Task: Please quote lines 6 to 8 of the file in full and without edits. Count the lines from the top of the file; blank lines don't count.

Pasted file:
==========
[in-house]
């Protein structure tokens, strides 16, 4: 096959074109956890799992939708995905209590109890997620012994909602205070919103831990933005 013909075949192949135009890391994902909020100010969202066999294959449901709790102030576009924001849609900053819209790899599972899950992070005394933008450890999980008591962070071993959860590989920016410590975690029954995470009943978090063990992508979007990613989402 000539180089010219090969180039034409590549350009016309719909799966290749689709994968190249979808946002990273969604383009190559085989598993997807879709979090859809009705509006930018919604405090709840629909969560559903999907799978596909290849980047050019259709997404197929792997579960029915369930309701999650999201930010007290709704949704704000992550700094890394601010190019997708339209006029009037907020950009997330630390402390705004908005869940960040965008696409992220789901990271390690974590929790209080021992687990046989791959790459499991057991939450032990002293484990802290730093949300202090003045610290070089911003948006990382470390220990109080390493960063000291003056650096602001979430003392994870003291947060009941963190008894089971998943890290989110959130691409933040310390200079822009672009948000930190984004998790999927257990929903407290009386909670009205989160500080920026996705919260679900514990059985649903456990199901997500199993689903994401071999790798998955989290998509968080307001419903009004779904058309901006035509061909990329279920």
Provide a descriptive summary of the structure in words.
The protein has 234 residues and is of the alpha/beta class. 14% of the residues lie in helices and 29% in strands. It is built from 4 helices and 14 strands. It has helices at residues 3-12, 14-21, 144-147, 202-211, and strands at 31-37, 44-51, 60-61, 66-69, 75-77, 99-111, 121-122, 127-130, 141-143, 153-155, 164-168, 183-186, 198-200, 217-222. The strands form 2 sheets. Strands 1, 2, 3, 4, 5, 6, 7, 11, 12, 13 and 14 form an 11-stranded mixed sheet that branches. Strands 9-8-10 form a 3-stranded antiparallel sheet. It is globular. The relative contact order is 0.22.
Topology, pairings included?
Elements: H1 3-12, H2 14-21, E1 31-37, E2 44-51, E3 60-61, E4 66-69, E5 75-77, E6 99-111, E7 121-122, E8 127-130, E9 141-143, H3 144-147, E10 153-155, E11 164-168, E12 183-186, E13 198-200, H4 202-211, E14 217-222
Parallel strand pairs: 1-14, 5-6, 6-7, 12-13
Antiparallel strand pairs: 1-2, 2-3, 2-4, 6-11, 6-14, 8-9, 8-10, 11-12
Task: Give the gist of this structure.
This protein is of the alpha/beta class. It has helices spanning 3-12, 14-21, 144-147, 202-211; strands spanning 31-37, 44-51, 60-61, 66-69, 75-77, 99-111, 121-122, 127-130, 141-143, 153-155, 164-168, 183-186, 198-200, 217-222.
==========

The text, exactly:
Elements: H1 3-12, H2 14-21, E1 31-37, E2 44-51, E3 60-61, E4 66-69, E5 75-77, E6 99-111, E7 121-122, E8 127-130, E9 141-143, H3 144-147, E10 153-155, E11 164-168, E12 183-186, E13 198-200, H4 202-211, E14 217-222
Parallel strand pairs: 1-14, 5-6, 6-7, 12-13
Antiparallel strand pairs: 1-2, 2-3, 2-4, 6-11, 6-14, 8-9, 8-10, 11-12